Once you know to look for the AAFCO statement and the calcium, it's not too difficult to pick out a food - the real difficulty can be in finding a food that works for your dog and stays within those guidelines. So the short answer is large breed puppy foods are great, but if you don't have a good choice of those, don't feel bound by the large breed label.
Depending on how much you trust your breeder, they'll likely a good source to consult - especially if they're guaranteeing your pup.
I've switched cold turkey before just because one of the ingredients in the food was causing so much problems, stomach upset from a quick switch was a minor concern.Originally Posted by pastorjay
Ideally, with all the stresses of a new move you'd want to spread it out over a few weeks. If the food is really causing some bad problems, go cold turkey. It won't be a fun few days, but sometimes it's necessary. You have to make that call since you can see what's going on (or ask a vet - probably a better idea)...I'd hate to give you my opinion based on a faulty assumption.
Are you switching to a totally different food? Switching from a regular puppy to a large breed puppy of the same brand probably won't change any of the symptoms you see just because they're likely to have lots of the same ingredients. Plus, more than likely this isn't food related just because dogs don't develop true food allergies until sometime around 2 years of age. That's not a "set in stone" rule, though. It sounds like your vet is suspecting environmental allergies - not all that uncommon to rear its ugly head in March (which I myself can attest to).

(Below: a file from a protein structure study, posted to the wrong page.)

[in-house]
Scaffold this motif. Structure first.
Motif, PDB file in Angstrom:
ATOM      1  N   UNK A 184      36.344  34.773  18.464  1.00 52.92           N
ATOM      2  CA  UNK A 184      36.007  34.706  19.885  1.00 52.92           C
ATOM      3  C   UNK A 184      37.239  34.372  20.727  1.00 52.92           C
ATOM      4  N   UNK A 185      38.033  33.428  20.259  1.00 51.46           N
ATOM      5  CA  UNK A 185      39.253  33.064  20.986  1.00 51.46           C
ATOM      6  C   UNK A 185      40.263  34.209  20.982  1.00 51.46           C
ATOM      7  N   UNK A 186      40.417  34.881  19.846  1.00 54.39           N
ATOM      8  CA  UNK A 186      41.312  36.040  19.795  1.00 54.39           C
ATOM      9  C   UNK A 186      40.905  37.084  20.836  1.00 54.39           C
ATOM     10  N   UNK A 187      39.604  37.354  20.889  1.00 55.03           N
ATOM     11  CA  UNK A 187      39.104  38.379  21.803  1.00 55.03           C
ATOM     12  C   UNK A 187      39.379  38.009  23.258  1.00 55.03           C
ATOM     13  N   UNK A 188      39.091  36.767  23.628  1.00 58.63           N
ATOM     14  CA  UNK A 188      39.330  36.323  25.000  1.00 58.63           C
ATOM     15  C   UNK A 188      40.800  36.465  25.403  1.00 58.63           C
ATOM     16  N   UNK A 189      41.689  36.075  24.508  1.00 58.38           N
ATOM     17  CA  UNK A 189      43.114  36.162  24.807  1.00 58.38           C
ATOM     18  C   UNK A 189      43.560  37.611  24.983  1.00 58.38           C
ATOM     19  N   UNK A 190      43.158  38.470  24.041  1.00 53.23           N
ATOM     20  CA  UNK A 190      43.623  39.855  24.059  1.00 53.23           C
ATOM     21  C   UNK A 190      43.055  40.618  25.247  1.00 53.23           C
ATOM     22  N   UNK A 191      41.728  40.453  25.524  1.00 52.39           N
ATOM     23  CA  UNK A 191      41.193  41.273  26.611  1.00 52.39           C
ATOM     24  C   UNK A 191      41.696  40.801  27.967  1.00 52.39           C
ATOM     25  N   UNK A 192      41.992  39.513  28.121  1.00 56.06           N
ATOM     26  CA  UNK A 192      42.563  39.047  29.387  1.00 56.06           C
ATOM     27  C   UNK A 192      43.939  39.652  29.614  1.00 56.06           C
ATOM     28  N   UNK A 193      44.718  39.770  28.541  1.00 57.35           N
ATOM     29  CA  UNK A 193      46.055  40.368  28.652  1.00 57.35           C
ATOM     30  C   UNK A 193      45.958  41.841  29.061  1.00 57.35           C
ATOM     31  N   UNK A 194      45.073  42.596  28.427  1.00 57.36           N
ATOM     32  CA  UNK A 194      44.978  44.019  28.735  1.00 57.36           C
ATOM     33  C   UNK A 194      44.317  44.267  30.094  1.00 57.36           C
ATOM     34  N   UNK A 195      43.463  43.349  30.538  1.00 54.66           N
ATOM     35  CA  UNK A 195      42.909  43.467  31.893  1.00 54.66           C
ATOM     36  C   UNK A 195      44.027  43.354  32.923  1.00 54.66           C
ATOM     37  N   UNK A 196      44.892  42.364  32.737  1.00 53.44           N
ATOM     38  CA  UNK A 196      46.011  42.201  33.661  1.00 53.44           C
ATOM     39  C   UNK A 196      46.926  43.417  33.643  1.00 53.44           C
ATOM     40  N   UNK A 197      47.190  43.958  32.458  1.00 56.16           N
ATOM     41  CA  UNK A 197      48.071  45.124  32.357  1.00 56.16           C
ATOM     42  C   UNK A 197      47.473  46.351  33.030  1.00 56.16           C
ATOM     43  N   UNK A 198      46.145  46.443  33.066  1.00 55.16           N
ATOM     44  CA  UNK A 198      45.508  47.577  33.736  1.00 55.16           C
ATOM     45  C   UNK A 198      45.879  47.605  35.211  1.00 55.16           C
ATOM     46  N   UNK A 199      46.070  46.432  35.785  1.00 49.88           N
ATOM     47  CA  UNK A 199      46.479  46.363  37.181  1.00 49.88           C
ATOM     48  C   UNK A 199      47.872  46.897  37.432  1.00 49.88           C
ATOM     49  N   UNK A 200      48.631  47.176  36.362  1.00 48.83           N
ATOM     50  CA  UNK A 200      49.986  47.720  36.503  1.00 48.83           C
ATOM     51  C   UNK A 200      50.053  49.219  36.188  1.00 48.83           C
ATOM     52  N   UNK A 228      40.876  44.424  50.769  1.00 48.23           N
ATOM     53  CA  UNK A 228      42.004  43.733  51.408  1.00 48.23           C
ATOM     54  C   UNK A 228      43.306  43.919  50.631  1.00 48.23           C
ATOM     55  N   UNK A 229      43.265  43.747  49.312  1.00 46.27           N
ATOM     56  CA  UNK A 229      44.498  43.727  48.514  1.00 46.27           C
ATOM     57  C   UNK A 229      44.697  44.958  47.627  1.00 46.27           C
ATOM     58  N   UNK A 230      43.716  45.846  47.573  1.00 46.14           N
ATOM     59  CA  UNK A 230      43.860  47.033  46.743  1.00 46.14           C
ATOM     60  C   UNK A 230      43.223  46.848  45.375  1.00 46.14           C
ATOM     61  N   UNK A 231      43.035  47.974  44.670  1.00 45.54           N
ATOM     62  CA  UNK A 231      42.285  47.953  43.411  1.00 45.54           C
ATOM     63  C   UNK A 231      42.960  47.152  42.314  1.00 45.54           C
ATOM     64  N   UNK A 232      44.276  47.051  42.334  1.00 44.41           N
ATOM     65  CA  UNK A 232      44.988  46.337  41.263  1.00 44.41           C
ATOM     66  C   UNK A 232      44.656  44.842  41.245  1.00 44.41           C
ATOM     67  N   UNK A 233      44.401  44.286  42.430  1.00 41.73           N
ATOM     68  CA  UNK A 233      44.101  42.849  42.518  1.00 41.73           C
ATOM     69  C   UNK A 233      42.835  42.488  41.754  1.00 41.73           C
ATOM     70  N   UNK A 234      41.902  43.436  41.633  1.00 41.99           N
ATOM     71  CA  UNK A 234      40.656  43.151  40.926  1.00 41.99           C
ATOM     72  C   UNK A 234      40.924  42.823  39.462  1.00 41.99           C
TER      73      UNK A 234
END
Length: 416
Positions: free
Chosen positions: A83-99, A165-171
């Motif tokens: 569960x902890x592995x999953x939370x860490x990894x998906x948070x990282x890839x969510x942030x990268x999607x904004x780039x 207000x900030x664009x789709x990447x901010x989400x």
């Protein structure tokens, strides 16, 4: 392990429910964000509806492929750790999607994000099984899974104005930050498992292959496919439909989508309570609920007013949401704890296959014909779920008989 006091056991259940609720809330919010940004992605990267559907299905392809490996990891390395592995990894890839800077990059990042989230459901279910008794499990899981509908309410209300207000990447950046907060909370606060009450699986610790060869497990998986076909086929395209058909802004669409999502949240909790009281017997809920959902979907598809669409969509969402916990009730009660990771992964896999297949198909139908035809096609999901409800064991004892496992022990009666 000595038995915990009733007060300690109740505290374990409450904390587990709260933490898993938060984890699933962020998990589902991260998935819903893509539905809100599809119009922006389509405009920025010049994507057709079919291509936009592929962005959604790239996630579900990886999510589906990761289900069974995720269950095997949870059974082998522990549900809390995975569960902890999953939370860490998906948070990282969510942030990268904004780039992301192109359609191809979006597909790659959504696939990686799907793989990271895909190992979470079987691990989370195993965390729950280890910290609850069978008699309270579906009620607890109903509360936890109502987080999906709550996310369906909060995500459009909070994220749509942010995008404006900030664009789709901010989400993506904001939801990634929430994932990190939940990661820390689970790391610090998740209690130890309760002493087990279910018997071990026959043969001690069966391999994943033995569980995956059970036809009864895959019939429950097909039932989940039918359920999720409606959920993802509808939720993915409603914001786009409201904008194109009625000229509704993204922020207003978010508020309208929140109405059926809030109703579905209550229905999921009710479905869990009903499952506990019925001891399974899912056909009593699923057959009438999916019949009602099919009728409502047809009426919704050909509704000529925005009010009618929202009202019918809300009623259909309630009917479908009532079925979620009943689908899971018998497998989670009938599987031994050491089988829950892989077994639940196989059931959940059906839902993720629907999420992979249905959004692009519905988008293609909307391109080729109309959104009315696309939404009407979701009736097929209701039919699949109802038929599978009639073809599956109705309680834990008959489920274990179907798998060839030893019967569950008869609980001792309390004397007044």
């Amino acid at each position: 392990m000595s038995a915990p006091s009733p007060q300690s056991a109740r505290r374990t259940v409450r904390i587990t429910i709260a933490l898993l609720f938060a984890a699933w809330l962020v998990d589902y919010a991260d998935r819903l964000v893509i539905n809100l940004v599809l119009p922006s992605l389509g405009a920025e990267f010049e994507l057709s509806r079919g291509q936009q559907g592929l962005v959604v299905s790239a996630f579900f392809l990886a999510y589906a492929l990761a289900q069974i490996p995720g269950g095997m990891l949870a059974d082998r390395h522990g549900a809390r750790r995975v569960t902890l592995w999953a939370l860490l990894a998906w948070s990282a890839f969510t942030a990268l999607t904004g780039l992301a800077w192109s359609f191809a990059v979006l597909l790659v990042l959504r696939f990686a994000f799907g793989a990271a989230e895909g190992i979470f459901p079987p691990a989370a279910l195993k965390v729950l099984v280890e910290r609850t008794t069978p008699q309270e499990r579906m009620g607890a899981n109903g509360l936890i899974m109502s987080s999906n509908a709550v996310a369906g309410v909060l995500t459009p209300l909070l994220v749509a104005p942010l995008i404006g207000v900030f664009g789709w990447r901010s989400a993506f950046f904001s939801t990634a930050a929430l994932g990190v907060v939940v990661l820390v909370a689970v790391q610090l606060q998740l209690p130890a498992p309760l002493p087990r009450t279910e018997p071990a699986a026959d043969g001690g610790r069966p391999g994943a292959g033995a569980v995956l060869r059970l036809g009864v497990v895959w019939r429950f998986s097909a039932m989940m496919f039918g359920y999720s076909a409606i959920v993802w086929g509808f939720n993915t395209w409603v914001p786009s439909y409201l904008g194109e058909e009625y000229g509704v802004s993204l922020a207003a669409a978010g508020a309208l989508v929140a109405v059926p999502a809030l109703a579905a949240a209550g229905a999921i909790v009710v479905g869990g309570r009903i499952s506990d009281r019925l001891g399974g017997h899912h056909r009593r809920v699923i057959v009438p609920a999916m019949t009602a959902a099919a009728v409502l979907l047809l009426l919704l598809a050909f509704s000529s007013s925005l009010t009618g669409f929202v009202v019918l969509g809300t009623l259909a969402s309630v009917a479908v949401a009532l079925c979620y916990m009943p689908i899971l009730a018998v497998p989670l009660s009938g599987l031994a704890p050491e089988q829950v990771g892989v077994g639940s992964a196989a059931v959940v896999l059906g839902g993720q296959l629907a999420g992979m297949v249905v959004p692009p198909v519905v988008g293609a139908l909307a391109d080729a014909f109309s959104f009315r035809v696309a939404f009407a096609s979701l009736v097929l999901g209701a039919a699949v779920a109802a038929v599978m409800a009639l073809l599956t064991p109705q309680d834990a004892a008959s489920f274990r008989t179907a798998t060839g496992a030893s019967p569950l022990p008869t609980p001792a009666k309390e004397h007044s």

Since you're leaning towards Diamond, what about Diamond Chicken and Rice? Chicken is more easily digested that beef, and it's less common of an allergen. Diamond Chicken and Rice is also formulated for all life stages and it has an appropriate level of calcium.
You mentioned the vet checked her, so I'm assuming she's free of fleas, ticks, mites, mange, etc.? I hate that she's suffering this badly from environmental allergies this early...let's hope it's just that she's not tolerating the food too well and will show signs of improvement. I'd still follow the vets orders regarding the omega-3s and benadryl...he's the vet, I'm not.
If it were me, I'd change the food and if after a few weeks you don't see any improvement, or at anytime it seems to be getting worse, I'd go back to the vet. If you're not satisfied with the answer, it never hurts to get a second opinion.
I had to do that when Jes, my dog, was a pup. It was a parasite that the first vet was content to treat over and over with the same drug. After dealing with it for almost two months, I got a second opinion, he tried a different drug and it cleared right up. Sometimes a set of fresh eyes or a different approach can do the trick.